La importancia (creciente) del liberalismo. Algunos libros.

Lista de libros (por Miguel Anxo Bastos)

  1. Mañana el capitalismo, Henri Lepage
  2. La gran ilusión, Norman Angell
  3. Libertad o igualdadKuehnelt Leddihn
  4. El milagro Europeo, Eric Jones
  5. Los orígenes del capitalismoJean Baechler
  6. Derecho legislación y libertad (vol. I, II y III), F.A. Hayek (vol. II, “El espejismo de la justicia social”)
  7. Fundamentos de la libertad, F.A. Hayek
  8. Precios y producción, F.A. Hayek
  9. El capitalismo del pentágono, Seymour Neymar
  10. El manantial, Any Rand
  11. El Estado, Anthony de Jasay
  12. Teoría e Historia, Ludwig von Mises
  13. Socialismo, cálculo económico y función empresarialJesús Huerta de Soto
  14. Auge y decadencia de las grandes potencias, Paul Kennedy
  15. Crítica del intervencionismo, Ludwig von Mises
  16. La envidia igualitaria, Gonzalo Fernández de la Mora
  17. Los errores de la nueva ciencia económica, Henry Hazlitt
  18. Teoría positiva del capital, Eugen von Böhm-Bawerk

Bonus Tracks (en construcción)

  1. La increíble maquina de hacer pan, R.W. Grant
  2. La economía en una lección, Henry Hazlitt
  3. El corazón invisible, Russ Roberts
  4. Un mundo feliz, Aldous Huxley
  5. El mundo de ayer, Stefan Zweig
  6. La miseria del historicismo, Karl Popper
  7. El cisne negro, Nassim N. Taleb
  8. La antropología del capitalismo, Rafael Termes
  9. Gobierno omnipotente, Ludwig von Mises
  10. Dinero, crédito bancario y ciclos económicos, Jesús Huerta de Soto
  11. Historia bancaria de los Estados Unidos, Murray N. Rothbard
  12. Falacias económicas, F. Bastiat
  13. Camino de servidumbre, F.A. Hayek
  14. Antifrágil, Nassim N. Taleb
  15. The Man versus the State, Herbert Spencer
  16. EnsayosMontagne
  17. Civilización, Niall Ferguson
  18. The Cash Nexus, Niall Ferguson
  19. El capital humano, Gary Becker
  20. Capitalismo y libertad, Milton Freedman
  21. Las culturas fracasadas, José Antonio Marina
  22. La fatal arrogancia: los errores del socialismo, F.A. Hayek
  23. The Nature of the Firm, Ronald Coase
  24. The Rational Optimist, Matt Ridley
  25. The Tipping Point, Malcolm Galdwell
  26. The Wisdow of the CrowdsJames Surowiecki
  27. The Commanding Heights, Daniel Yergin y Joseph Stanislaw
  28. Meditaciones, Marco Aurelio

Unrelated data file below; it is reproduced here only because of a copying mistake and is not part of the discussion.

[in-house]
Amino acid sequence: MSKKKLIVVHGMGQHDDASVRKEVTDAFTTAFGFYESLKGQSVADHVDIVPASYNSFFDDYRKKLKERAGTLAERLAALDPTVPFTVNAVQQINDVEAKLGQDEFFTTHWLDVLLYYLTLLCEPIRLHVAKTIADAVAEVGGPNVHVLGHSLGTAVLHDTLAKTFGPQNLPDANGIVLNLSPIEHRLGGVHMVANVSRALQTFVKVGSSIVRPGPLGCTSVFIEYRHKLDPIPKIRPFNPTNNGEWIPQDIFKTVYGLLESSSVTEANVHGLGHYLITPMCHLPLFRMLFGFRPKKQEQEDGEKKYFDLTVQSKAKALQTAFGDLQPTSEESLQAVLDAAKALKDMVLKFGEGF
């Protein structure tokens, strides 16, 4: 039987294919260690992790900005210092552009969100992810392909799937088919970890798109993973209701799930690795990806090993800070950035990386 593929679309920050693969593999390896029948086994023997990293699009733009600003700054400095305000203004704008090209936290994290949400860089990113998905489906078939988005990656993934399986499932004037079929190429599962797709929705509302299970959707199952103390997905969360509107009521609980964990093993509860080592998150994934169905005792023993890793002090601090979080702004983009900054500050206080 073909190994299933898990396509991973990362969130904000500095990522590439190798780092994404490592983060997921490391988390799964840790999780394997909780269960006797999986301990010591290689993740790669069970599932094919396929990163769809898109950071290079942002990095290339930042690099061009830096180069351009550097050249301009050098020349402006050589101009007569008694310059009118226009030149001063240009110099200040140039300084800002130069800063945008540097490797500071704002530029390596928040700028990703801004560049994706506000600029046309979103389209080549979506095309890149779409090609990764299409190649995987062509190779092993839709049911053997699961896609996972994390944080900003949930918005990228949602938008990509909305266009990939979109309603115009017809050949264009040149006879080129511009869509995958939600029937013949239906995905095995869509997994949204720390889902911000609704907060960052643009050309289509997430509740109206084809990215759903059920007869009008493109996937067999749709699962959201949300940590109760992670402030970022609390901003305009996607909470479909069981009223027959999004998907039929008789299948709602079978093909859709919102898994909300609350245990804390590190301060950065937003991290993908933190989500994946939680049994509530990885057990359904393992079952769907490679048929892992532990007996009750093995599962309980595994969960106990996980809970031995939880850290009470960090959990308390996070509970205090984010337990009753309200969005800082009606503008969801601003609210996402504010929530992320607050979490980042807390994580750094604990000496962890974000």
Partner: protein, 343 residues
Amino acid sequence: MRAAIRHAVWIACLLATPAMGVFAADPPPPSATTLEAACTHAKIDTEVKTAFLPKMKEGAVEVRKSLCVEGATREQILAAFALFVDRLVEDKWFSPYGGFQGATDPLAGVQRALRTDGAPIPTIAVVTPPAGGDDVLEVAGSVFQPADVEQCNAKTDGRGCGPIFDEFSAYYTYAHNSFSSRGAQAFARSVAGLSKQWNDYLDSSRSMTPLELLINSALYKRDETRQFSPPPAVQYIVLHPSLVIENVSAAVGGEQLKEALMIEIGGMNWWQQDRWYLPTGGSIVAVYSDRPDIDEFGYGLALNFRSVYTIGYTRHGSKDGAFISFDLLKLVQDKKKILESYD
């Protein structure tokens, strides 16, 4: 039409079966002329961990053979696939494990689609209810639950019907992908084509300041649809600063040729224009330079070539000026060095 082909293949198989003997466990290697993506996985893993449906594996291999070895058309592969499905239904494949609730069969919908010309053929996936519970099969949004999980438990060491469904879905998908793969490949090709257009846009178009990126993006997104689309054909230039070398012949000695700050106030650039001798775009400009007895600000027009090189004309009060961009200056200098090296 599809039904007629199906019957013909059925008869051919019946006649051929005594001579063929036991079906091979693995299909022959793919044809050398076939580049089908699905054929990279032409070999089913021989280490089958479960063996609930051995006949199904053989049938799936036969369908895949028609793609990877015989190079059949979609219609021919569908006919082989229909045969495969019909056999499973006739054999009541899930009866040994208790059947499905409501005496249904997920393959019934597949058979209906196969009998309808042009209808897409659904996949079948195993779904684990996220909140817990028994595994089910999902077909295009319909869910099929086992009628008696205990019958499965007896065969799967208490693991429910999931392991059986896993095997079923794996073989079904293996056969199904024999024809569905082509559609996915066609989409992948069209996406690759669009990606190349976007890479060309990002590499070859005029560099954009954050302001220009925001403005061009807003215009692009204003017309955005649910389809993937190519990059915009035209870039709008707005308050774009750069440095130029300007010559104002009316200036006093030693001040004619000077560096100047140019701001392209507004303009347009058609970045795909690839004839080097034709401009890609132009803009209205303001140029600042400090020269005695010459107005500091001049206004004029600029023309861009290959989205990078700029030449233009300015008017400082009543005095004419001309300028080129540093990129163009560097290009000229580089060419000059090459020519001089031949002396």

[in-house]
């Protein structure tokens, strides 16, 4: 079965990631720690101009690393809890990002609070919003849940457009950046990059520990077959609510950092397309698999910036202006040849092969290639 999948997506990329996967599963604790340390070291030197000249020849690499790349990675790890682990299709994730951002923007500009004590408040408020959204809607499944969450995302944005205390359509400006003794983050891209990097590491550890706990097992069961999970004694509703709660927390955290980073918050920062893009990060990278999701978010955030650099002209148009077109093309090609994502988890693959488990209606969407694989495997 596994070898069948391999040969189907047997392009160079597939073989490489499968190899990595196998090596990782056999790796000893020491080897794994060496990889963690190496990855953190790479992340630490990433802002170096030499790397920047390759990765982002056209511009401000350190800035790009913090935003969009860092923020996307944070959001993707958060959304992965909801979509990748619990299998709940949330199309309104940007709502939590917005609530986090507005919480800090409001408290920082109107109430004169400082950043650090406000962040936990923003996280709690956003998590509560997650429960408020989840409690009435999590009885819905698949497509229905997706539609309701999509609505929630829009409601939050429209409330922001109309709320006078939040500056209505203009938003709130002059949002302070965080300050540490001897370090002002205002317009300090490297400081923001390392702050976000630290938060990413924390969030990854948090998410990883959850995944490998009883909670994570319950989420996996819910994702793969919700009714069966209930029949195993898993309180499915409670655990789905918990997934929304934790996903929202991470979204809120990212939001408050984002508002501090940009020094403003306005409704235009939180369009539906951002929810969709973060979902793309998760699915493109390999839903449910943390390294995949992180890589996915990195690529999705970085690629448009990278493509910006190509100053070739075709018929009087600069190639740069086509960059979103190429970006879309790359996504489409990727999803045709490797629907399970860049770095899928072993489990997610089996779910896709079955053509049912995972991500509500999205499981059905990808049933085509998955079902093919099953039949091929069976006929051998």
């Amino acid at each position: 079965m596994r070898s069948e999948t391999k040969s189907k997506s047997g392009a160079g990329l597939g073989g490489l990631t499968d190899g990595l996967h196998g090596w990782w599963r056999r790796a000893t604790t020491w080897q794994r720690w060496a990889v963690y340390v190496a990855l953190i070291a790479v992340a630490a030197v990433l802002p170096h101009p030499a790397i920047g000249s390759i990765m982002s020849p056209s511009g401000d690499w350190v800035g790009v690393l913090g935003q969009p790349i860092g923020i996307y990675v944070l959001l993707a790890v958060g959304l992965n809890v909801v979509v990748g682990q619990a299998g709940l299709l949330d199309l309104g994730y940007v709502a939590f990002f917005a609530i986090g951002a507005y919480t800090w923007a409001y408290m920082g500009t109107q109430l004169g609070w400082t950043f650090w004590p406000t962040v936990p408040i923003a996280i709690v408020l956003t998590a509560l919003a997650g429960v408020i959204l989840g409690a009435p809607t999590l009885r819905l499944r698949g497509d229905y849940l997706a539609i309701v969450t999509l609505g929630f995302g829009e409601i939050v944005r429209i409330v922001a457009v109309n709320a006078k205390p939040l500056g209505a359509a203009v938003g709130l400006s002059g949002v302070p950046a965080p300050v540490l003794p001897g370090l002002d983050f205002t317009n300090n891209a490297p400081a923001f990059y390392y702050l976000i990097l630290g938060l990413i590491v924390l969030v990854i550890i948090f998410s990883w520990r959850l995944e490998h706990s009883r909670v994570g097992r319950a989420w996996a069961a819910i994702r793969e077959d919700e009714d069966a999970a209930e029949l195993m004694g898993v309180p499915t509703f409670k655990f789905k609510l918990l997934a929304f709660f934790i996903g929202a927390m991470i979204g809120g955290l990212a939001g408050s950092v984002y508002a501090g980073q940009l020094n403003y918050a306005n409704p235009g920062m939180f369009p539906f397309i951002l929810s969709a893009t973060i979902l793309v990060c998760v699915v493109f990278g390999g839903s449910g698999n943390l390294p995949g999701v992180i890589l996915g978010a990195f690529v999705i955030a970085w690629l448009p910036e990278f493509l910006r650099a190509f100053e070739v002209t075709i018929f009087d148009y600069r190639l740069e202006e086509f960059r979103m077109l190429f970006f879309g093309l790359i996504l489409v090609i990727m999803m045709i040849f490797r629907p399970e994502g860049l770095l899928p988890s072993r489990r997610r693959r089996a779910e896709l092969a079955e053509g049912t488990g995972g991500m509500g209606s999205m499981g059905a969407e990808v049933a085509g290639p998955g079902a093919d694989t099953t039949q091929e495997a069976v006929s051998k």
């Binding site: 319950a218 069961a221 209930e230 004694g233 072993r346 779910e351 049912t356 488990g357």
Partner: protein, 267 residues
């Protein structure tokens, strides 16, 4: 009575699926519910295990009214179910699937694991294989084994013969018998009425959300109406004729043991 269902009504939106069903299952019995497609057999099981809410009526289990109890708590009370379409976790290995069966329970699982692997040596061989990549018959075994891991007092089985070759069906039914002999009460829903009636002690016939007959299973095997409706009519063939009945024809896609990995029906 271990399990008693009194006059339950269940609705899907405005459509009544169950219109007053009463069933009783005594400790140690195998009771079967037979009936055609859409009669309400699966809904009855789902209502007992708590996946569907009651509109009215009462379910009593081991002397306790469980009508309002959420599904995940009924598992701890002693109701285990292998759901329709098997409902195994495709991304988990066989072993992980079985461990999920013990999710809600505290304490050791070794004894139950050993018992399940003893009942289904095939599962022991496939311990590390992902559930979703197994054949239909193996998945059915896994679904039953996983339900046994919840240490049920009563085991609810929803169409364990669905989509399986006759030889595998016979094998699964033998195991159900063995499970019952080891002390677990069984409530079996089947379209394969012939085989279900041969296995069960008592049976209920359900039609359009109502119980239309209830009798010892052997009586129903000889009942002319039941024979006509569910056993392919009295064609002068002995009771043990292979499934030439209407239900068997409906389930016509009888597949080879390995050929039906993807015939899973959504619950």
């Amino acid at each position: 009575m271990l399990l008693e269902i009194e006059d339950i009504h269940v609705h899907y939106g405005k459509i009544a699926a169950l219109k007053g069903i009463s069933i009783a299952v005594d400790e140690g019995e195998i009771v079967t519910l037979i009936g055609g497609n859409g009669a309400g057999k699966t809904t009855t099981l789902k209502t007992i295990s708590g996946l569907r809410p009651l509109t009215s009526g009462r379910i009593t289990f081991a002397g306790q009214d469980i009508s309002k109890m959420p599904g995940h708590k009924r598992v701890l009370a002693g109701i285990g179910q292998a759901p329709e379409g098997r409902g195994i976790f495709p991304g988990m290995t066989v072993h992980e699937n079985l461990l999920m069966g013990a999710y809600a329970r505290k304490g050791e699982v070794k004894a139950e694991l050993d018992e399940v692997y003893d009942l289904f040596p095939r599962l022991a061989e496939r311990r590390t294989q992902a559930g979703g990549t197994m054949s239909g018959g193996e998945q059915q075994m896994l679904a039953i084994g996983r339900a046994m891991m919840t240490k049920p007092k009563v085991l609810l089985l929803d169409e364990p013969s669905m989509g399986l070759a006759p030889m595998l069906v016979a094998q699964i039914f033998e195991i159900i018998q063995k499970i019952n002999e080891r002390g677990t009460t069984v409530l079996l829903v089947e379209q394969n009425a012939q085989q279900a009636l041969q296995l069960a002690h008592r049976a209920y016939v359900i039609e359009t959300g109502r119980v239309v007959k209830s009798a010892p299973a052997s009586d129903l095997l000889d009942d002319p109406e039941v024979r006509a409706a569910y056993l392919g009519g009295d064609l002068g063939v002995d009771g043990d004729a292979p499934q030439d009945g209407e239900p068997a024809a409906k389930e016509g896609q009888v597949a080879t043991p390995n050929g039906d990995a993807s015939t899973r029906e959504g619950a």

29. Sobre la brevedad de la vida y la felicidad, Séneca
  30. Cartas a su hijo, Lord Chesterfield
  31. La Mediterránea y los bárbaros del Norte, Luis Racionero
  32. On Human Nature, David Hume
  33. Teoría de los sentimientos morales, Adam Smith
  34. La sociedad abierta y sus enemigos, Karl Popper
  35. The Bourgeois Virtues, Dierdre N. McCloskey
  36. Institutions, Institutional Change and Economic Performance, Douglass North
  37. The Coming of Post-Industrial Society, Daniel Bell
  38. Proceso al Estado, Lorenzo Bernaldo de Quirós
  39. The Great Escape, Angus Deaton
  40. The Tyranny of Experts, Bill Easterly
  41. Governing the Commons, Elinor Ostrom
  42. Thinking Fast and Slow, Daniel Kahneman
  43. A Conflict of Visions, Thomas Sowell
  44. The Counter-Revolution of Science, F.A. Hayek
  45. Individualism and Economic Order, F.A. Hayek
  46. Institutional Foundations of Impersonal Exchange, Benito Arruñada
  47. Adapt, Tim Harford
  48. The Liar’s Poker, Michael Lewis
  49. The Intelligent Investor, Benjamin Graham
  50. Why Nations Fail, Daron Acemoglu y James Robinson
  51. Economic Facts and Fallacies, Thomas Sowell
  52. Knowledge and Decisions, Thomas Sowell
  53. The Theory of Free Banking: Money Supply under Competitive Note Issue, George Selgin
  54. El antiguo régimen y la revolución, Alexis de Tocqueville
  55. El criterio, Jaime Balmes
  56. Reflections on the Revolution in France, Edmund Burke
  57. Good Money, George Selgin
  58. The Great Depression, Murray N. Rothbard
  59. La conquista de la pobreza, Peter T. Bauer
  60. La teoría de la eficiencia dinámica, Jesús Huerta de Soto
  61. Discovery and the Capitalist Process, Israel Kirzner
  62. Bienestar social y mecanismos de mercado, Joaquín Trigo
  63. Competition and Entrepreneurship, Israel Kirzner
  64. Discovery and the Capitalist Process, Israel Kirzner
  65. Las primeras burbujas especulativas, Douglas E. French
  66. Método de las ciencias sociales, Carl Menger
  67. Ensayos políticos, David Hume
  68. La libertad y la ley, Bruno Leoni
  69. Principios de un orden social liberal, F.A. Hayek
  70. Los enemigos del comercio, Antonio Escohotado

The Cultural and Political Consequences of Fiat Money, Jörg Guido Hülsmann (30/11/2014), Mises




It may seem unusual that an economist would talk about culture. Usually, we talk about prices and production, quantities produced, employment, the structure of production, scarce resources, and entrepreneurship.

But there are certain things that economists can say about the culture, and more precisely, that economists can say about the transformation of the culture. So what is culture? Well, to put it simply, it is the way we do things. This can include the way we eat — whether or not we dine with family members on a regular basis, for example — how we sleep, and how we use automobiles or other modes of transportation. And of course, the way we produce, consume, or accumulate capital are important aspects of the culture as well.